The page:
Guest Sharon Johnson and her husband are cruising again with HAL, this time on Zaandam’s 21-Day Collectors’ Voyage to Mexico and Hawaii. Sharon will chronicle their cruising experience for us on the blog. Enjoy!
Al and I took the tour “Colonial San Sebastian” while in Puerto Vallarta. Our tour was to meet on the pier at 10:00 A.M. Once the ship cleared we made our way to our bus and met our guide, Juan Carlos, and our driver, Miguel. We had about a 100-minute drive into the nearby Sierra Madre Mountains. We drove past small towns out into the countryside passing fields with harvested corn stacked for silage, cows grazing, dust-covered roadside foliage, horses and even burros. – Sharon and Al Johnson
Our first stop was at a family-run tequila factory. It was a small operation that has operated for several generations. They make the tequila from the blue agave which only grows in the Jalisco State of Mexico. The owner of Raicilla Distillery showed the heart of the agave after the leaves are cut off. It looks like a pineapple. The agave is cut up, cooked and mashed. The juice that is removed from the mashed agave is then boiled. The steam is cooled and condensed into first stage tequila. They boil it a second time for a smoother drink. This tequila has no color. After aging in oaken casks, it is called reposada or “rested” tequila and it has an amber color. They gave us a sample of the clear tequila, a coffee-flavored tequila, tequila with orange and tequila with almond. Each shot was better than the last.
Just before arriving at San Sebastian, we made another stop at Hacienda Jalisco. We walked on a long cobblestone driveway, crossing over a stone bridge and through an arch way to reach the hacienda with all the beautiful flowers surrounding it. There were fuchsia, bougainvillea and scarlet poinsettias in bloom that were ten feet tall growing alongside the house. The family that built the hacienda was so rich from mining silver that the owner brought an artist from France to paint their walls. They were one of the first haciendas to have electricity, but they don’t have it today even though they are a bed and breakfast. On our walk to the hacienda we past through groves of bananas, mangos and coffee trees.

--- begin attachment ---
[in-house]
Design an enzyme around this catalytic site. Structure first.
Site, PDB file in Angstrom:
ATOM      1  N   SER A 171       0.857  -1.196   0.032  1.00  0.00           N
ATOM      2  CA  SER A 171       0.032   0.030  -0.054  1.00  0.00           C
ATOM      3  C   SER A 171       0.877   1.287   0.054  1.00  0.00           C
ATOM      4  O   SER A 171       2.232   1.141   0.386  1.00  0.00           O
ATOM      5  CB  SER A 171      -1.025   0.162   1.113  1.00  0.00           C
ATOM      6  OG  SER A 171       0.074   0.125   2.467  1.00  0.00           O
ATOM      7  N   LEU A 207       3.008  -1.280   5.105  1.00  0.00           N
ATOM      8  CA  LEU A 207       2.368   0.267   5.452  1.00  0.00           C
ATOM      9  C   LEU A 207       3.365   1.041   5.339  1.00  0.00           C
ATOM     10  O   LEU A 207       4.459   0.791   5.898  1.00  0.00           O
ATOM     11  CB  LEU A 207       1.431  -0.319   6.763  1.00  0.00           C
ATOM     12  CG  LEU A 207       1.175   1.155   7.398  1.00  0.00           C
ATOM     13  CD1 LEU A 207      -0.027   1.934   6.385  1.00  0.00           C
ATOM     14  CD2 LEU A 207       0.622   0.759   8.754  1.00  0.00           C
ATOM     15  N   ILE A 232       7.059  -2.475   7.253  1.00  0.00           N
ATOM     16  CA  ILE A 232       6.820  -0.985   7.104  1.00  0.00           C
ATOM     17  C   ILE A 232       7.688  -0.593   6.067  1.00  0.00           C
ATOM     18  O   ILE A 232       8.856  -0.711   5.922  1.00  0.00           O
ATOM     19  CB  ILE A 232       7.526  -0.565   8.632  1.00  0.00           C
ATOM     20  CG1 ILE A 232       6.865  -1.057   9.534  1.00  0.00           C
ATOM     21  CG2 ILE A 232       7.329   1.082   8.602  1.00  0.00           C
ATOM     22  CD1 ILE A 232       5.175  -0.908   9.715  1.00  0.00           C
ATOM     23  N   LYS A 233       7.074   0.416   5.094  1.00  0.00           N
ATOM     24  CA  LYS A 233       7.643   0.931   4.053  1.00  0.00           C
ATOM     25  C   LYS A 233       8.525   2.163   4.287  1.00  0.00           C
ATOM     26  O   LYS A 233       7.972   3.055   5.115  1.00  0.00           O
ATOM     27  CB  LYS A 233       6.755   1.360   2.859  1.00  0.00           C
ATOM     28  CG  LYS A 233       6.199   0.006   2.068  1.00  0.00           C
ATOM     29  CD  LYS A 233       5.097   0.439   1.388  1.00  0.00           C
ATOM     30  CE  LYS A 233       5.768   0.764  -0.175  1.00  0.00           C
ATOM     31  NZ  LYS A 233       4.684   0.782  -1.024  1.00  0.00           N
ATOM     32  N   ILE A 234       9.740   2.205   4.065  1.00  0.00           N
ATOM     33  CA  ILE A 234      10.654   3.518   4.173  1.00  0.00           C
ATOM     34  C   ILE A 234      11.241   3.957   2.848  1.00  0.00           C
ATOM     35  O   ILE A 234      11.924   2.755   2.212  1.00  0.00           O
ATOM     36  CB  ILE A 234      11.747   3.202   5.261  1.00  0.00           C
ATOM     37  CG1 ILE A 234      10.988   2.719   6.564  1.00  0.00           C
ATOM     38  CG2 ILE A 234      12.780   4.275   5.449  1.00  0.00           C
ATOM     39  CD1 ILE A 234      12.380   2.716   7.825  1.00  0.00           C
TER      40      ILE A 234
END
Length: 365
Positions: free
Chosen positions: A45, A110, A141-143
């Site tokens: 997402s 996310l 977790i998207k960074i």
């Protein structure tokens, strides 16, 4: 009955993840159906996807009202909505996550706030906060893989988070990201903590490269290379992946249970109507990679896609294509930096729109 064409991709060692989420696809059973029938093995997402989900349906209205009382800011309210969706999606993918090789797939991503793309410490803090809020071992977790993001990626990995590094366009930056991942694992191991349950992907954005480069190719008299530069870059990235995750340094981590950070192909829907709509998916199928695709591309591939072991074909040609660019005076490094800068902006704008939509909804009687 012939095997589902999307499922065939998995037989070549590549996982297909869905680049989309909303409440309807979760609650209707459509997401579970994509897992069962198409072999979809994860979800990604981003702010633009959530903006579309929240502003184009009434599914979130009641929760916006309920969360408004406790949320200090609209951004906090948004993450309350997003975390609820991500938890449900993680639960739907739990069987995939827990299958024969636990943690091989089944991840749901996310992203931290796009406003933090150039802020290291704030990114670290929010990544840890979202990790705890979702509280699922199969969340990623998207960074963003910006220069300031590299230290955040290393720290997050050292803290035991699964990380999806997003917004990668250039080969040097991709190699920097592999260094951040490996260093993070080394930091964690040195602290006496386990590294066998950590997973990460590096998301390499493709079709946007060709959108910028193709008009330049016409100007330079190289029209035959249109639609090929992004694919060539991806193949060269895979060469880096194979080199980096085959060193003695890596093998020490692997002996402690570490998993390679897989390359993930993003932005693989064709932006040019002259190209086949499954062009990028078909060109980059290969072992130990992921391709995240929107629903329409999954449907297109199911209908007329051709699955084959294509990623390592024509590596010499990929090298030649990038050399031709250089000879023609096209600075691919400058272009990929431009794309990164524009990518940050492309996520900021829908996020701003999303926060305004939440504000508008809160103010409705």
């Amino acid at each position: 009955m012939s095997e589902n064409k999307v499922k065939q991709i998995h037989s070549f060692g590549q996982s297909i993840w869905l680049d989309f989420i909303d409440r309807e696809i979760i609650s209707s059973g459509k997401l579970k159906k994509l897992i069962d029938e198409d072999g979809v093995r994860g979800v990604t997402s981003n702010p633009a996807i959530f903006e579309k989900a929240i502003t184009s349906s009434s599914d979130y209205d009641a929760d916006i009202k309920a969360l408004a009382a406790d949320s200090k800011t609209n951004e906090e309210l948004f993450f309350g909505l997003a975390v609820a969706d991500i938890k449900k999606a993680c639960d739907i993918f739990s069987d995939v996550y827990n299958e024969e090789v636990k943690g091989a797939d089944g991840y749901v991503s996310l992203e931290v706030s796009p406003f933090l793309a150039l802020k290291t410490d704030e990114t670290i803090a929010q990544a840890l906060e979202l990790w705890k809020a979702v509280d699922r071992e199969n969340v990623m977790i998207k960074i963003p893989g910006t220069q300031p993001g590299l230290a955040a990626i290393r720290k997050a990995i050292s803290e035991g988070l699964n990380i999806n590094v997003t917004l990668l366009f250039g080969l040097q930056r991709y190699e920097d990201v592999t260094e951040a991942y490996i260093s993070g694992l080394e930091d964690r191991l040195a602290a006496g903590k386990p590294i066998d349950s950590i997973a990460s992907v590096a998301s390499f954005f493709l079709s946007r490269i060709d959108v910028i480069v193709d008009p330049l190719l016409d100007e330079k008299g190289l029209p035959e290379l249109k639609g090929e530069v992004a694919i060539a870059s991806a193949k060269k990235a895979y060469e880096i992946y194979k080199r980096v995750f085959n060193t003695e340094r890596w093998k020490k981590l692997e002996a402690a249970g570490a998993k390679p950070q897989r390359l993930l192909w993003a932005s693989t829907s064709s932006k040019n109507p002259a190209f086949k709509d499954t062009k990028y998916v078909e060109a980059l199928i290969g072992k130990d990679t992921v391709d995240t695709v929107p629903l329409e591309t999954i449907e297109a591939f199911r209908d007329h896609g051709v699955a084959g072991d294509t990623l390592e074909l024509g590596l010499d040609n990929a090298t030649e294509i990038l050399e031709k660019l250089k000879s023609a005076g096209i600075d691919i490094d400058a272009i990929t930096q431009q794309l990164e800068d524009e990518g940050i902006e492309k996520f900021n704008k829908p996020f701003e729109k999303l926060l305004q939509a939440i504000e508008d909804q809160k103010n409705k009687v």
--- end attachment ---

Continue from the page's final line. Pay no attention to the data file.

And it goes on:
Our last stop before lunch was at a coffee plantation where we had a sample of their coffee which was very strong. We saw the coffee trees with the red berries. And they showed us the various stages of drying the coffee berries before they are ready to be ground into coffee.
The route to San Sebastian in the early days took more than three days by donkey. When a paved road was finally laid, the trip took three hours due to the lack of a bridge over a huge gorge. Once the bridge was built five years ago, the trip took about 100 minutes. Our tour was a new tour and wasn’t offered the last time we were in Puerto Vallarta because five years ago there was only the cliff-hanging road that went down into the gorge and then back up the other side. The road into San Sebastian was a narrow cobblestone street which the bus wasn’t allowed to travel on. Therefore, we had to walk on the cobblestones to the plaza in the center of San Sebastian.
The plaza or zocalo is the heart of this Colonial Mexican town. It is where everyone gets together to visit and gossip. In the center of the zocalo is a pretty bandstand. Juan Carlos then gave us the directions to the restaurant where we would have lunch, Los Arrayanes. Our luncheon buffet was fresh fruit, salad, pasta noodles, slices of zucchini, spiced carrots, tortilla chips, two kinds of salsa, rice, beef and chicken meat that could be eaten with a corn tortilla hot off the grill.
After lunch we had the option of going to the museum with the guide or wandering around the town. Juan Carlos pointed out the rectory for the church and the Municipal building which had two jail cells of which only one is used and only on weekends for someone who had too much to drink. There is no crime as everybody knows everybody in this town of 600 people. One of the buildings belonged to a wealthy mine owner who paid for building the church. Juan pointed out holes in the wall near the roof line. He said that the holes were for guns when bandits attacked the town. The church was built like a fortress on the outside and it also had gun holes. When the town was being attacked, everybody would head for the church which was the safest place to be.
The whole town of San Sebastián is very picturesque with its white washed exteriors and red tiled roofs. Unfortunately, it was time to walk back to the bus and head down the mountain to Puerto Vallarta and the Zaandam. We had climbed 4,200 feet into the Sierra Madre Mountains and now had to wind our way back down the mountain roads with hardly any cars to the traffic of Puerto Vallarta. We were so glad that we had a chance to visit San Sebastián which probably looks very similar to when it was originally built at the beginning of the silver boom. Juan Carlos was a very informative guide and we felt safe with Hector at the wheel as we made our way down the windy mountain roads.
We got back to the ship too late to eat in the Main Dining Room so we went up to the Lido Pool to partake of the Mexican barbeque. The Zaandam brought a Mariachi band to play music and a few dancers to dance for us. It was great ending to a lovely day in Puerto Vallarta.
The Zaandam spent the night in Puerto Vallarta. We had no plans for today since “All Aboard” was at 2:30 PM. We took a few photos of Puerto Vallarta as we left. A tour was late getting back to the ship. The Captain waited for them as they were on a HAL tour. As soon as they were aboard, we set sail for Cabo San Lucas. The HALCats (band/orchestra) were at the stern for sail-away. It was a beautiful day. But, soon it was too cold and windy to be out on deck.